The king's wizard sat in her tower, the tallest in the great castle, staring into the fire. She'd once thought the tower a sign of respect for her wisdom. Now, she wondered whether it was to keep the strangeness of magic as far away from the throne as possible. She stroked her beard. Why did she advise the king anyway? The king had many advisors: advisors for war and for commerce, for politics and for the harvest. He had a royal huntsman, official advisor of the hunt! He preferred not to think about magic, so the wizard had little to do.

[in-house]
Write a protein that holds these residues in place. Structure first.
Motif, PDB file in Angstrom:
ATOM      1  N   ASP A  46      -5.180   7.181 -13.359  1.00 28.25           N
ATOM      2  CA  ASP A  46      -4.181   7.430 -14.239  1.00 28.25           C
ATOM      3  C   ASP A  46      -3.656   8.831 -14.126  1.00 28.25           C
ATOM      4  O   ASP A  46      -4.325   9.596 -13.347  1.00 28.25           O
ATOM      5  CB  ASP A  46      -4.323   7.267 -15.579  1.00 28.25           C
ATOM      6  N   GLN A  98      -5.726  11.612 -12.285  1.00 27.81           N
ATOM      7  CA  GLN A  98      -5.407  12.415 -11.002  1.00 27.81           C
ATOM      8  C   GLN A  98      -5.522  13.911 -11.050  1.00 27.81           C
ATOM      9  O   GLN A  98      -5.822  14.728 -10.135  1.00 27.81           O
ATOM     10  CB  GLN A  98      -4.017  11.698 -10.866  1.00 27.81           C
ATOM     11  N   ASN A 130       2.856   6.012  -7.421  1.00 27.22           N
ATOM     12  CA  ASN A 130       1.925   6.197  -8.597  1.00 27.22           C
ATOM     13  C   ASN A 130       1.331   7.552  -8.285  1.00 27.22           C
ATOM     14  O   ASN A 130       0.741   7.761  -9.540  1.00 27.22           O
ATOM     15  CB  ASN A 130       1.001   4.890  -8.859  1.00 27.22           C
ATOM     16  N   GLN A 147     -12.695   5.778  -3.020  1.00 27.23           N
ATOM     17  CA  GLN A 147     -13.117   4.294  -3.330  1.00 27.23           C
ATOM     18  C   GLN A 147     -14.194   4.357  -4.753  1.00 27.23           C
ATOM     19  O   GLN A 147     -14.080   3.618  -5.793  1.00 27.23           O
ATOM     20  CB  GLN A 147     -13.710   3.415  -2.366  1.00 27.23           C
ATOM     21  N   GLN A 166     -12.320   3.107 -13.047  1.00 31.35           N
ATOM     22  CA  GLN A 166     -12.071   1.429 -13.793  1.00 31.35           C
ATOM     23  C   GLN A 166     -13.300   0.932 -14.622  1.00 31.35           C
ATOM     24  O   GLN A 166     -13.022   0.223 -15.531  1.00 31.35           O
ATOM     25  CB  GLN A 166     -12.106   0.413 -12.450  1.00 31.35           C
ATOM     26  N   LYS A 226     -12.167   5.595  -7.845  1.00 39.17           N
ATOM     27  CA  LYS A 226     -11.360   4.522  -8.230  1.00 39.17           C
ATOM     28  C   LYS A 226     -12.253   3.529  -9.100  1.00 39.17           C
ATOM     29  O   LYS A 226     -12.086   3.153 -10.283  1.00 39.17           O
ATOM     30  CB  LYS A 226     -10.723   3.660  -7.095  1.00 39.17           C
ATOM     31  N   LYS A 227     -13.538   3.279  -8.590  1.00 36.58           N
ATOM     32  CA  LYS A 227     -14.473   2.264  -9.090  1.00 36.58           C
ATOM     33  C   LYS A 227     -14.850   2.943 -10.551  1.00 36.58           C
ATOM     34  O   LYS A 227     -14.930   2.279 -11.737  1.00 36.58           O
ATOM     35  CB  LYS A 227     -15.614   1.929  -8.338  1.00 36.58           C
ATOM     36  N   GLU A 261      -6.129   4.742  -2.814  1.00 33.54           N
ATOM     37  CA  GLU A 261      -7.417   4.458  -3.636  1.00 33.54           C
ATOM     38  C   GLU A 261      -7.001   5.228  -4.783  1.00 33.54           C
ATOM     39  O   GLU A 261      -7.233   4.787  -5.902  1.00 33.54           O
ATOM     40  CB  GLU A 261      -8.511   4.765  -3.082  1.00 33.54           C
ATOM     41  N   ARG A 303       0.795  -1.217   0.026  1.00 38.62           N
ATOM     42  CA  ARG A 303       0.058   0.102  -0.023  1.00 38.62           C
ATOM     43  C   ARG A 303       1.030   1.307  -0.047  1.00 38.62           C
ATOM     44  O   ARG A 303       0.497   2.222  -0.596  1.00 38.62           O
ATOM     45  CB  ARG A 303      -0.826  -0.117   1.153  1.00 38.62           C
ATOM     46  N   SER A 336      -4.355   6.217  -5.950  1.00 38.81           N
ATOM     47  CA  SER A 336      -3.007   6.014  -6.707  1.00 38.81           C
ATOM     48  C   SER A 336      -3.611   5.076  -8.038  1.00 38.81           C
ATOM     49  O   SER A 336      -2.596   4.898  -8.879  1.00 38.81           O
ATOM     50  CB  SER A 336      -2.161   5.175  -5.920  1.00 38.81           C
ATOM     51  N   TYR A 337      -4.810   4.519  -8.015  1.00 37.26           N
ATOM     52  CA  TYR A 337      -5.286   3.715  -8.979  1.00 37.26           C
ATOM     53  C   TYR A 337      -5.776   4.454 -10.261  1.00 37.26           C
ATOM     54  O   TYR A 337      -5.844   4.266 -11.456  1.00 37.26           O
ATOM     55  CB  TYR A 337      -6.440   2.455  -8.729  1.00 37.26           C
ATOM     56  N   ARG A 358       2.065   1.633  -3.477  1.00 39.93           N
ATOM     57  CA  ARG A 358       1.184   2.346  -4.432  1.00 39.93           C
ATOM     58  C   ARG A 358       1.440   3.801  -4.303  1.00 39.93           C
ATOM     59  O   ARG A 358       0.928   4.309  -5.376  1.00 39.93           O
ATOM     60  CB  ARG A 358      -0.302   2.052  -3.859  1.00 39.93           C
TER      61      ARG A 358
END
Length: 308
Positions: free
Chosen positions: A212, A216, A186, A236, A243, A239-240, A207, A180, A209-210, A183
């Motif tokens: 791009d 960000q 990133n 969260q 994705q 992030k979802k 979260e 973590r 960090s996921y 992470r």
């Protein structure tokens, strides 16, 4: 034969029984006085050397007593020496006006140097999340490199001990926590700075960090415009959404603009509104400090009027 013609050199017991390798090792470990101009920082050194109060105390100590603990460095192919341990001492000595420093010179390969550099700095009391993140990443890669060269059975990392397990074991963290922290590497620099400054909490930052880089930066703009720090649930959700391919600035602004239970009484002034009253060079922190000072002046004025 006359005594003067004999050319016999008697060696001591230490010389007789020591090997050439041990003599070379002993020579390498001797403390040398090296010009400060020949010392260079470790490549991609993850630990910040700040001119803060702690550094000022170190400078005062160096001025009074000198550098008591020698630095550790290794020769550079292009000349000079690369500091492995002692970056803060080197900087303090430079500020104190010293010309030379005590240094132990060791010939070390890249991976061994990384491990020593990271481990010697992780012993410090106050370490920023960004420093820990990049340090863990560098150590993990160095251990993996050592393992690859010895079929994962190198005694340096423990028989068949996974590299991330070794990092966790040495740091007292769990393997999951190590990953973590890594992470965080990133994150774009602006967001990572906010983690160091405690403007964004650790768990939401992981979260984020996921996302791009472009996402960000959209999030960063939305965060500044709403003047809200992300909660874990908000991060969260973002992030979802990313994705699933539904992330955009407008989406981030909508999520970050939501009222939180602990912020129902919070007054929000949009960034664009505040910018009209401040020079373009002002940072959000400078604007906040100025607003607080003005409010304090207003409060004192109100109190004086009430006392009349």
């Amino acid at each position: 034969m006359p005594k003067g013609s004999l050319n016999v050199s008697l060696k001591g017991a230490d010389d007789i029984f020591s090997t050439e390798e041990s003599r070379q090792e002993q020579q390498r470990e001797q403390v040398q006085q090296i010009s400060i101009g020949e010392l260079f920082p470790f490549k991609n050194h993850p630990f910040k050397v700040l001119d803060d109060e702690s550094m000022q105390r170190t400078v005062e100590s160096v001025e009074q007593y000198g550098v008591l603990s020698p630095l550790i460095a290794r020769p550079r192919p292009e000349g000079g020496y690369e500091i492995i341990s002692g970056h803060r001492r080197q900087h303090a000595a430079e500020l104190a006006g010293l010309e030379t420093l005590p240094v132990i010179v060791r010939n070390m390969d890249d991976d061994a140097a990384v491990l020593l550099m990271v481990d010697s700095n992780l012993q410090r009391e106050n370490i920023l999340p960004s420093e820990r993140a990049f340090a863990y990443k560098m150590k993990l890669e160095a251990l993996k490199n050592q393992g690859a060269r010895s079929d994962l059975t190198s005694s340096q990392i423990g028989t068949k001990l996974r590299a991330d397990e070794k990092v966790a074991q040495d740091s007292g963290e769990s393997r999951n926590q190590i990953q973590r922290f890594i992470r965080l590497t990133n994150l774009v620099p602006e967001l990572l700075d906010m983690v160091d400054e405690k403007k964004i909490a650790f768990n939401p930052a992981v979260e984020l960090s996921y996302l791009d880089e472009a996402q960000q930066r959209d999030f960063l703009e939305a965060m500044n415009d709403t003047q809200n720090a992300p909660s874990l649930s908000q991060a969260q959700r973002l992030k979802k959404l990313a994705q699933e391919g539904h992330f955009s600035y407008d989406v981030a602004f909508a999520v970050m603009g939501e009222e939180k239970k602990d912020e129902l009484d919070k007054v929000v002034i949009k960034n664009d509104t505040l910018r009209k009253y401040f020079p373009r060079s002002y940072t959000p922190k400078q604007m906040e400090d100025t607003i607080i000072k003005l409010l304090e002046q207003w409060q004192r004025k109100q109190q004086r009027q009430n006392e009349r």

And if the king didn't need her, why did the wizard stay? Why continue to think of herself as the king's wizard? Serving the king afforded her comfort and safety. Were those worth feeling so adrift, having command of great creative forces but having no use for them?
No. The wizard packed a few things: a change of robes, a comb for her beard, a week's food and water. She left all the gold and silver objects littering her chambers. She wouldn't be beholden to the king any longer than she must. She would be her own wizard now.